As I grow older I am often drawn back in my memory to my youth and to recall the “good ole days.” However, I can’t pick out one era that was better for my wife and me before or during our 51 years of being together. I know of nothing I would change other than wishing we could be closer to our sons and their families, but each has his own family and are making life better for them.

During the year I was able to visit some of my old classmates which brought a pleasant enjoyment to me. While visiting the Wyndham Resort on Greer’s Ferry Lake, my wife and I were able to visit classmates I had not seen in 55 years. What a great visit we had with them. Another came when we were traveling to the resort, I remembered that the person who sat beside me during our 4 years in High School lived in Batesville. Having stopped at Wendy’s I called and reached them. Within minutes they were with us and the visit was wonderful. Unbeknown to me was that our friend was a dear friend of Dr. Charles Rorex, one of our city’s former leaders. They had been classmates at Arkansas State University and had remained close friends since. Shortly after our departure they called Dr. Rorex who afterwards called me at the resort and recommended we meet when we returned to Farmington. So this year I have added a new friend as well.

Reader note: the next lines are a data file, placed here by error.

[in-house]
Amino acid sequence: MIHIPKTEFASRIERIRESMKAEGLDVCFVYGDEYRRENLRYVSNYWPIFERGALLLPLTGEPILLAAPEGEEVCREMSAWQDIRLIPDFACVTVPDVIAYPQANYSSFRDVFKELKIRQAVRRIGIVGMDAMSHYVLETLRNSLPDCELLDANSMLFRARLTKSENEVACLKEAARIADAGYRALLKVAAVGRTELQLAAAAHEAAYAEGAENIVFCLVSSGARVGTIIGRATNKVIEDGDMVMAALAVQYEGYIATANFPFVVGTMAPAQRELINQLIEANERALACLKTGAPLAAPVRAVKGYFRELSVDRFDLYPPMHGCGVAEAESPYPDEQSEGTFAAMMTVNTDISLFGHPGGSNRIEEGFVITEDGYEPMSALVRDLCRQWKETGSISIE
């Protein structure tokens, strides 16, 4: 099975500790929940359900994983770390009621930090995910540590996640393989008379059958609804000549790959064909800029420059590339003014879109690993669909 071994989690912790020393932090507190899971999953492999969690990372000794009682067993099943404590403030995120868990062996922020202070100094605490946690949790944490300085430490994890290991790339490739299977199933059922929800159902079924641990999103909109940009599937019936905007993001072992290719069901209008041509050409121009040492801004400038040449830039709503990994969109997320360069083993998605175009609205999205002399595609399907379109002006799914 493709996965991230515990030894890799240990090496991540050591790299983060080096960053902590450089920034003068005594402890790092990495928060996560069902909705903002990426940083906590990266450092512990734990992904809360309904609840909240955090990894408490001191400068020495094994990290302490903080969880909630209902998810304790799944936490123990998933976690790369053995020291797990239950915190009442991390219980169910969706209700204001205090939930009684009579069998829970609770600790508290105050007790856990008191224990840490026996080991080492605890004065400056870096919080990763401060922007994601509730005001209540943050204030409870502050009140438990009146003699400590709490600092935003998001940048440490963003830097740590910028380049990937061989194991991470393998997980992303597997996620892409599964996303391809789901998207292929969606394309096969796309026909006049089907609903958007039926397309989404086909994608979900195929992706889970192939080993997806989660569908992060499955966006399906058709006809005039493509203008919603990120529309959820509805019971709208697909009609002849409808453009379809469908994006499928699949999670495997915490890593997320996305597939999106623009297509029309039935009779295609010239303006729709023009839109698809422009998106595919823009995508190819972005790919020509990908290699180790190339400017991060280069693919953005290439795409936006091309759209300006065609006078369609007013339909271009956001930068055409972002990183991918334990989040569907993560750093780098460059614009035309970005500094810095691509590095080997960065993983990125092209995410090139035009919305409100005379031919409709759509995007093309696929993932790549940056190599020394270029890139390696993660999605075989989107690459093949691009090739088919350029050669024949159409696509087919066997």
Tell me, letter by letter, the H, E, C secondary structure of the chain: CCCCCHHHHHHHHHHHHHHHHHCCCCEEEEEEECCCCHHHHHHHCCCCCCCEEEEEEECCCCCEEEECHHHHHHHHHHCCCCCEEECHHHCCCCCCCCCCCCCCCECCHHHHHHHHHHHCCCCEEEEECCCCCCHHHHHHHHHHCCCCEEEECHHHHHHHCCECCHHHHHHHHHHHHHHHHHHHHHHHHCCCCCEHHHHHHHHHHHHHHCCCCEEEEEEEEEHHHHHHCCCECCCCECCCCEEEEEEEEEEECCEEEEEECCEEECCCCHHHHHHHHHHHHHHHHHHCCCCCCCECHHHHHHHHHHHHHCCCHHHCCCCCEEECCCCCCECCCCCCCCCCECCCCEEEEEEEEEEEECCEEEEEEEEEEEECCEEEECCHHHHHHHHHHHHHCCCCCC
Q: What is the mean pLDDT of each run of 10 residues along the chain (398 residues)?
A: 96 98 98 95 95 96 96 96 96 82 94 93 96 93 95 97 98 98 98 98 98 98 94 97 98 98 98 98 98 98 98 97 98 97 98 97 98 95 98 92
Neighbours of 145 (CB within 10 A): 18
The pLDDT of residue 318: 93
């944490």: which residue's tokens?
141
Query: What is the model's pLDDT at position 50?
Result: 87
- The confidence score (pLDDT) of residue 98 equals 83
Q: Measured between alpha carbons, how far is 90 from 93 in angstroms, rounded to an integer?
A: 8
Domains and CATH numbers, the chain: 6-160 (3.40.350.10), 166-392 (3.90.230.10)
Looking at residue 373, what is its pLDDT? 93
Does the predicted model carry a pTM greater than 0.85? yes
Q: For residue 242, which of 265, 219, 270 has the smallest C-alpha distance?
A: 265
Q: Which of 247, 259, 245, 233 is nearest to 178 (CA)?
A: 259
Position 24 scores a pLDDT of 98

By now I was living in the past reliving my old class days. I had a high school class of those who accomplished much in life. I cannot begin to relate the many things each has accomplished over the years. Three have been ministers for over 54 years, one a city mayor, numerous college professors, school teachers, medical doctors, salesmen, farmers, successful businessmen, a NASA researcher, Airline pilot, printers, Fire chief, insurance providers, lawyers, store owners, a boxing promoter, along with a number of widows and widowers. We have some of the most beautiful woman and handsome men still in the class of 1955. To say with great compliment I was a part of a classy group of 72 year olds.

Some have died since our last meeting five years ago. It will never be the same again and will change faster as we get farther into the journey.

My travels about the world have slowed and I can only remember the beauty or uniqueness of the places, but our journey in life is more rapid than before. This year I was able to write “Come Travel With Me,” which is filled with 117 places I have been. That was published in February. “And Who Will Follow” was published in September. Both have been received well and are available from and other retailers. Already, I have begun three other books hoping to finish them during 2010.

I am grateful for the promises in the scriptures that reveal God’s concern for all of mankind. While these verses apply to another in the Bible, they are truths for us as well.

My life has been a good one and I would not want to say good riddance to much of my past.
Maybe we should make 2010 a Year of Good Riddance in which we say farewell to anger, bitterness, blaming, finger pointing, self-justification and a critical spirit, and ask God to grant us a fresh infusion of his grace in all of our relationships.

“And the angel of the Lord came again the second time, and touched him, and said, Arise and eat; because the journey is too great for thee”. - 1 Kings 19:7

“And he said, Let us take our journey, and let us go, and I will go before thee.” - Genesis 33:12